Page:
Can you compare and contrast the book Babette's Feast by Isak Dinesen with Babette's Feast, the 1987 Danish drama film directed by Gabriel Axel?

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Ashley Kannan eNotes educator| Certified Educator

There are some differences between Dinesen's work and the 1987 film.  One distinct difference would be the setting.  The town of Berlevaag is the setting in the book, while the film features the coastal setting of Jutland. Axel recognized such changes, as in setting, as being noticeable, but strives to maintain the same spirit of the novel:  ""There is a lot that works in writing, but when translated to pictures, it doesn't give at all the same impression or feeling. All the changes I undertook, I did to actually be faithful to Karen Blixen."  In this spirit, another significant difference is how transformational quality of the meal is depicted.  The cinematic use of colors that become infused into the setting once the feast takes hold conveys the same elements as the novel. However, the ability to inject external colors conveys a level of transformation that the novel sought to create in a more internal and subjective sense.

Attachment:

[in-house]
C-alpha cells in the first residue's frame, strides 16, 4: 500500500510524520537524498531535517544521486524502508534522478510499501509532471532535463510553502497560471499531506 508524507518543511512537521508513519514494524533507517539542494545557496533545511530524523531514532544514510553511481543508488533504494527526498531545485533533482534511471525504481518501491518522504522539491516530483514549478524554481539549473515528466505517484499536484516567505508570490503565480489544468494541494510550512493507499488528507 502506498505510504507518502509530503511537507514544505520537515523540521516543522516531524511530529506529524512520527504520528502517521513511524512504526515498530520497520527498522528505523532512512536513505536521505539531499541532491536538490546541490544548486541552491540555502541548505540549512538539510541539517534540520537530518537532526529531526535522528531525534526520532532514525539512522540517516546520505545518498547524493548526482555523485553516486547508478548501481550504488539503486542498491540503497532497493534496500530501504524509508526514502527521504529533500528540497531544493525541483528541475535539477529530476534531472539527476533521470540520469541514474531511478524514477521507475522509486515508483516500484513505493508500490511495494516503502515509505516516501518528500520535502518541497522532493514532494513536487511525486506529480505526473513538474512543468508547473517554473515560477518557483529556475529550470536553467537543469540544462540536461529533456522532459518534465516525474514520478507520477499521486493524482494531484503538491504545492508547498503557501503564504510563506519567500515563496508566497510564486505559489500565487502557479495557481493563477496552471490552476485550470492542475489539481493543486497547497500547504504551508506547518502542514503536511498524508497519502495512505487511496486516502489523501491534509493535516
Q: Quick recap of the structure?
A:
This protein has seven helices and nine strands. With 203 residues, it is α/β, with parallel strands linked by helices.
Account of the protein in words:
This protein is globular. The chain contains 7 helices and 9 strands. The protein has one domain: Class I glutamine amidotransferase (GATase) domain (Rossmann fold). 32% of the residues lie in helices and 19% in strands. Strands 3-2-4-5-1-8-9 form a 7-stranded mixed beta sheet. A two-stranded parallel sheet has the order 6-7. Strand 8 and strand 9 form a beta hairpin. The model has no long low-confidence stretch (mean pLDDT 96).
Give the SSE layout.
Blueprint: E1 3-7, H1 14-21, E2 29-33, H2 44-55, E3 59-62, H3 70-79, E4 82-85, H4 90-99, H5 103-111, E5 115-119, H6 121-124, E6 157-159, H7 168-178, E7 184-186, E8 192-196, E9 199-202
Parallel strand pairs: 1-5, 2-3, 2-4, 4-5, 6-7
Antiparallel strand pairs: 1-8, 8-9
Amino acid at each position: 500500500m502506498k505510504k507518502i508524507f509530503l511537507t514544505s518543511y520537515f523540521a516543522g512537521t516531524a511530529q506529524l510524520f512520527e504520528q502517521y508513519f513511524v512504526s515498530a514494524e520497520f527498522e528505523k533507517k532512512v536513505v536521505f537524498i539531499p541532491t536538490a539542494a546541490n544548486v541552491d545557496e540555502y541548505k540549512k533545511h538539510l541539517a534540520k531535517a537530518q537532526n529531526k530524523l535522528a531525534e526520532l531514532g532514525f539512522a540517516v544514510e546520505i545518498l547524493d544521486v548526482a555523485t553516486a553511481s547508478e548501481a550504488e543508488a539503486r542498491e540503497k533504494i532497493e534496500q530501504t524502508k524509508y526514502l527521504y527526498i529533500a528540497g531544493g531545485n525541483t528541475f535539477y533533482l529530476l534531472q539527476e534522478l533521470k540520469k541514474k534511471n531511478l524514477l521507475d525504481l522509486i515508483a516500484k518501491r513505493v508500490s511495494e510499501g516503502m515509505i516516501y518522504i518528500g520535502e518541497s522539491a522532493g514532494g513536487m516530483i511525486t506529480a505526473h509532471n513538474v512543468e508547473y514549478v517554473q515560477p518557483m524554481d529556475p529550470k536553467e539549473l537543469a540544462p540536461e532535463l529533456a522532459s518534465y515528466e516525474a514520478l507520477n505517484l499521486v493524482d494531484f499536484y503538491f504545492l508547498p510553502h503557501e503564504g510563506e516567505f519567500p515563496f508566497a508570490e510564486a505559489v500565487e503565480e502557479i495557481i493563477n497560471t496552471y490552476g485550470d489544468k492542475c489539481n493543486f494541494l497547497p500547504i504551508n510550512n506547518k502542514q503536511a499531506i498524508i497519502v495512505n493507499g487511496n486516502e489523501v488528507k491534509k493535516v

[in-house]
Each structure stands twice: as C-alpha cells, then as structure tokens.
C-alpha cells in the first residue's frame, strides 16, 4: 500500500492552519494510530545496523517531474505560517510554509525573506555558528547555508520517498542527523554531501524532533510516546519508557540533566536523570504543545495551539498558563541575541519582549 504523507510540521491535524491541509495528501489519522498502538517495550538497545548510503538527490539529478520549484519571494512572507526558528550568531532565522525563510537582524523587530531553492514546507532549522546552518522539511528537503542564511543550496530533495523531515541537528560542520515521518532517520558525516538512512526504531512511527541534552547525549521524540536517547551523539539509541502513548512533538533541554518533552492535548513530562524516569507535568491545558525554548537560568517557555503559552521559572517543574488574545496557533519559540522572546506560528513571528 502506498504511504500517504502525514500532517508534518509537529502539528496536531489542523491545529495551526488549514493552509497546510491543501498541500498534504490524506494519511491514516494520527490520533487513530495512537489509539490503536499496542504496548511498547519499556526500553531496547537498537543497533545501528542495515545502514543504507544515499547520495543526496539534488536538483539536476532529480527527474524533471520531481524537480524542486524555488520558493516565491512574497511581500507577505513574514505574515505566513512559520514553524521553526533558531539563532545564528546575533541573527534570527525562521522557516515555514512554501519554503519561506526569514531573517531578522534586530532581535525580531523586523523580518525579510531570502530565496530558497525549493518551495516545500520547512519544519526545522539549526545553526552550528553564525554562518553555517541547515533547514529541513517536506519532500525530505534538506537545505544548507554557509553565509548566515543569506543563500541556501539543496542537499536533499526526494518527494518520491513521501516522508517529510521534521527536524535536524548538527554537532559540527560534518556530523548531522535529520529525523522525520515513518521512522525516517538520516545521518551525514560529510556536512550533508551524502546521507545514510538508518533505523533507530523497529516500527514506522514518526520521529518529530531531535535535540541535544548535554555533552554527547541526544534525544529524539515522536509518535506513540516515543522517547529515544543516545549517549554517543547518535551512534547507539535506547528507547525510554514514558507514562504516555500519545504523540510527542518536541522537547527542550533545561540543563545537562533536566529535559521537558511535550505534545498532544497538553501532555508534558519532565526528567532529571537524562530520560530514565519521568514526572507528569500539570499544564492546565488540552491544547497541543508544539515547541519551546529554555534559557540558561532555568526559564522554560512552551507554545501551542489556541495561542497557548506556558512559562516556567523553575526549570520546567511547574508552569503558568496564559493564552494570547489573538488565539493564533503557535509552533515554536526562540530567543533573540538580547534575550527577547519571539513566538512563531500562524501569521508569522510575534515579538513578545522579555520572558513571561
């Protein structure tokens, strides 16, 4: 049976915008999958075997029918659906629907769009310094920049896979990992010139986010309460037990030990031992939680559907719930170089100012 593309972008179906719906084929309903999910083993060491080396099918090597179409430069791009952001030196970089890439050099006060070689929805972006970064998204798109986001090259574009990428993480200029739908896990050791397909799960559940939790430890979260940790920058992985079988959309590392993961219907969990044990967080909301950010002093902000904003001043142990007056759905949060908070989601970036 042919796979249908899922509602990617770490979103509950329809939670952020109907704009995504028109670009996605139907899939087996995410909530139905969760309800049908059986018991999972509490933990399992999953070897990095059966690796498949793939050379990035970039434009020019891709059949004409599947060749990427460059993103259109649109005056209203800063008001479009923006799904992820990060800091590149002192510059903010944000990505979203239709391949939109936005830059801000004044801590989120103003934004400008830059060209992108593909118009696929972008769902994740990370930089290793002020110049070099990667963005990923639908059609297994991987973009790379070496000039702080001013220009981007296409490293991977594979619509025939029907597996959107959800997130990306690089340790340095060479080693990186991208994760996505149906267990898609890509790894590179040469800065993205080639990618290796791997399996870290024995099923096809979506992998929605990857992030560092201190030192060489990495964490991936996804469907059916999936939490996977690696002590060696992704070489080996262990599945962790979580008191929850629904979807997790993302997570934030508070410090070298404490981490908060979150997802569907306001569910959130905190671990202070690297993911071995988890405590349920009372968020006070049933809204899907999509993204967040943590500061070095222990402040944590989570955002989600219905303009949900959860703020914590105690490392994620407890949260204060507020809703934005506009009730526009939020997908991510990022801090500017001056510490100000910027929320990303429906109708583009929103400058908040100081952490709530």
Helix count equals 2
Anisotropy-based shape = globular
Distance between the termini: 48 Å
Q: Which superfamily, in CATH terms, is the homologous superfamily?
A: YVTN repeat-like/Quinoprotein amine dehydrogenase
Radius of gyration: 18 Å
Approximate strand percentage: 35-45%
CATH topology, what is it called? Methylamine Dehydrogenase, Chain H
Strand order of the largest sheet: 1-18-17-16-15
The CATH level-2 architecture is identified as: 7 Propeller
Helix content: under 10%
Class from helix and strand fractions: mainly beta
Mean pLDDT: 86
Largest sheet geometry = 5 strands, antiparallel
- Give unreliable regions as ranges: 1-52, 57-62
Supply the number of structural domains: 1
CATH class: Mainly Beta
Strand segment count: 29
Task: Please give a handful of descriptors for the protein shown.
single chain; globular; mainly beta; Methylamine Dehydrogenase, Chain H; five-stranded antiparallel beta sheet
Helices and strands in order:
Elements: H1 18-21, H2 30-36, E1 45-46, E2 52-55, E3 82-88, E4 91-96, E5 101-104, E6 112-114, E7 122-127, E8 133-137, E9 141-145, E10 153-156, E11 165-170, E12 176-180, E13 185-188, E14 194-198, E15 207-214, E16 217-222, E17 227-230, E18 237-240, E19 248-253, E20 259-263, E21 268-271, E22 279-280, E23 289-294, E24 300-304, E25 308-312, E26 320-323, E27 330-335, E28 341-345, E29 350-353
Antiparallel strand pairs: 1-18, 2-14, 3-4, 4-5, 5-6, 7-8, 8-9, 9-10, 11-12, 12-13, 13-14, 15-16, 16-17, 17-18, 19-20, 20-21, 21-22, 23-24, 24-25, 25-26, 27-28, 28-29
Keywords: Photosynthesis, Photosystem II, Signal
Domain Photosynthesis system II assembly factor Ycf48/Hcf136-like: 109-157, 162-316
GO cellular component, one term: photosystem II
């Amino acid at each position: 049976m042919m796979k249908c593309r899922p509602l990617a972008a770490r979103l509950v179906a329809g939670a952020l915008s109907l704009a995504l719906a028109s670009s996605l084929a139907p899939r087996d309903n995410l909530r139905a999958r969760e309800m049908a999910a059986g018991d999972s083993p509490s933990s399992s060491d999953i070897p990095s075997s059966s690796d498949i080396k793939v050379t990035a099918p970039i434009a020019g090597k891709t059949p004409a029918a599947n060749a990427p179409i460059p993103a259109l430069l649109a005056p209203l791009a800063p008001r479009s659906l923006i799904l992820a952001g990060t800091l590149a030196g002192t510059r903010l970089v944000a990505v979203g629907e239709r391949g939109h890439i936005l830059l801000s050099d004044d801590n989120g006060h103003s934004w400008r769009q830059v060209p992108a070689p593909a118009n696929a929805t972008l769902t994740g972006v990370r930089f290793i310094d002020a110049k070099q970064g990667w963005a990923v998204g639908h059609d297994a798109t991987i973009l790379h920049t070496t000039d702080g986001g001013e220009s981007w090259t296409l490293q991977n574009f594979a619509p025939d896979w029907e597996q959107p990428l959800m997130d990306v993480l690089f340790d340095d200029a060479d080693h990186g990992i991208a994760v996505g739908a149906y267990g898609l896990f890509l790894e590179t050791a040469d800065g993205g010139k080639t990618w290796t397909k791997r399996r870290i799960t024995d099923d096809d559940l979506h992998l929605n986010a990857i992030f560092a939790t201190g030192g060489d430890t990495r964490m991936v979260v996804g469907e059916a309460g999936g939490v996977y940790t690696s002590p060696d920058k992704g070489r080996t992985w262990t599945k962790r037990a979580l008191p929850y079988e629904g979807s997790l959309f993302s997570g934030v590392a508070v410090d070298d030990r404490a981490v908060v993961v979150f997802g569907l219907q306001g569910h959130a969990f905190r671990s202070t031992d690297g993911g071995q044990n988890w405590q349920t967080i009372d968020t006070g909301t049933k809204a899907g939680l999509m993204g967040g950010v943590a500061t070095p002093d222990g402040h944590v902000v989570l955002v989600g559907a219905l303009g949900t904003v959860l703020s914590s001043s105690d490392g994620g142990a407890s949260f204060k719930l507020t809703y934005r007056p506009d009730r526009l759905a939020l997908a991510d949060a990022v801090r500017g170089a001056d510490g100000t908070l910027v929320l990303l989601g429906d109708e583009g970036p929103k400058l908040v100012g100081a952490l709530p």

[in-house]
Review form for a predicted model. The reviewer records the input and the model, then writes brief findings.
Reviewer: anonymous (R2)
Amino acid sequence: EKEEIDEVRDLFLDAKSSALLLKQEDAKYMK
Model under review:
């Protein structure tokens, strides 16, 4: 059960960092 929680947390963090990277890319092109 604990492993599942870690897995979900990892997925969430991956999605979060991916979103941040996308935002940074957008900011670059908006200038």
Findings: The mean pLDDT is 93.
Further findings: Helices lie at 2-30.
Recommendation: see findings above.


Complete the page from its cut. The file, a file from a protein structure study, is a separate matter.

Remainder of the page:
Yet, there are more notions of similarity than difference in both work products.  The film "does justice to the precision of the Dinesen prose, to the particularity of her concerns and to the ironies that so amused her." Babette's transformative quality is evident in both.  The ending of the film confirms this with Babette's statement that "An artist is never poor," while the novel conveys the same sentiment through how divine benevolence validates that art is never wasted.  The transformational element in which old disagreements and anger dissipate in the face of food and communion is another element that the novel and film convey.  The convergence of "righteousness and bliss" is another thematic quality that is communicated in both novel and film.  Part of the transformational quality of food and art is that is communicated is that there is a way to find salvation and redemption in this life and in the next.  The film echoes this idea so prevalent in the book.  

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Babette's Feast

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